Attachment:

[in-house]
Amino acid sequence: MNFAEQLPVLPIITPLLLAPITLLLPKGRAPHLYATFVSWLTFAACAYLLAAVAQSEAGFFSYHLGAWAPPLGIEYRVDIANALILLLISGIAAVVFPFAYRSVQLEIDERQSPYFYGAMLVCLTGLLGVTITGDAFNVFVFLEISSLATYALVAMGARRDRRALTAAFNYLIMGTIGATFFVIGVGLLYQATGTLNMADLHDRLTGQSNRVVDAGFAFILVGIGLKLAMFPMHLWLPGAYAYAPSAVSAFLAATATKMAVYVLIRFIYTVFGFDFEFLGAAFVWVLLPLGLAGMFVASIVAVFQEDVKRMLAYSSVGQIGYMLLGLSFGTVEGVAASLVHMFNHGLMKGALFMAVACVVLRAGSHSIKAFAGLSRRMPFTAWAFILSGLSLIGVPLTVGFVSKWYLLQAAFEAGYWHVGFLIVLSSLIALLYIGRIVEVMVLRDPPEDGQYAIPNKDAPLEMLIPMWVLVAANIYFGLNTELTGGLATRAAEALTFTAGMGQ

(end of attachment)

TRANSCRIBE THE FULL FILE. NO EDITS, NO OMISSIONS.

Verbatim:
[in-house]
Amino acid sequence: MNFAEQLPVLPIITPLLLAPITLLLPKGRAPHLYATFVSWLTFAACAYLLAAVAQSEAGFFSYHLGAWAPPLGIEYRVDIANALILLLISGIAAVVFPFAYRSVQLEIDERQSPYFYGAMLVCLTGLLGVTITGDAFNVFVFLEISSLATYALVAMGARRDRRALTAAFNYLIMGTIGATFFVIGVGLLYQATGTLNMADLHDRLTGQSNRVVDAGFAFILVGIGLKLAMFPMHLWLPGAYAYAPSAVSAFLAATATKMAVYVLIRFIYTVFGFDFEFLGAAFVWVLLPLGLAGMFVASIVAVFQEDVKRMLAYSSVGQIGYMLLGLSFGTVEGVAASLVHMFNHGLMKGALFMAVACVVLRAGSHSIKAFAGLSRRMPFTAWAFILSGLSLIGVPLTVGFVSKWYLLQAAFEAGYWHVGFLIVLSSLIALLYIGRIVEVMVLRDPPEDGQYAIPNKDAPLEMLIPMWVLVAANIYFGLNTELTGGLATRAAEALTFTAGMGQ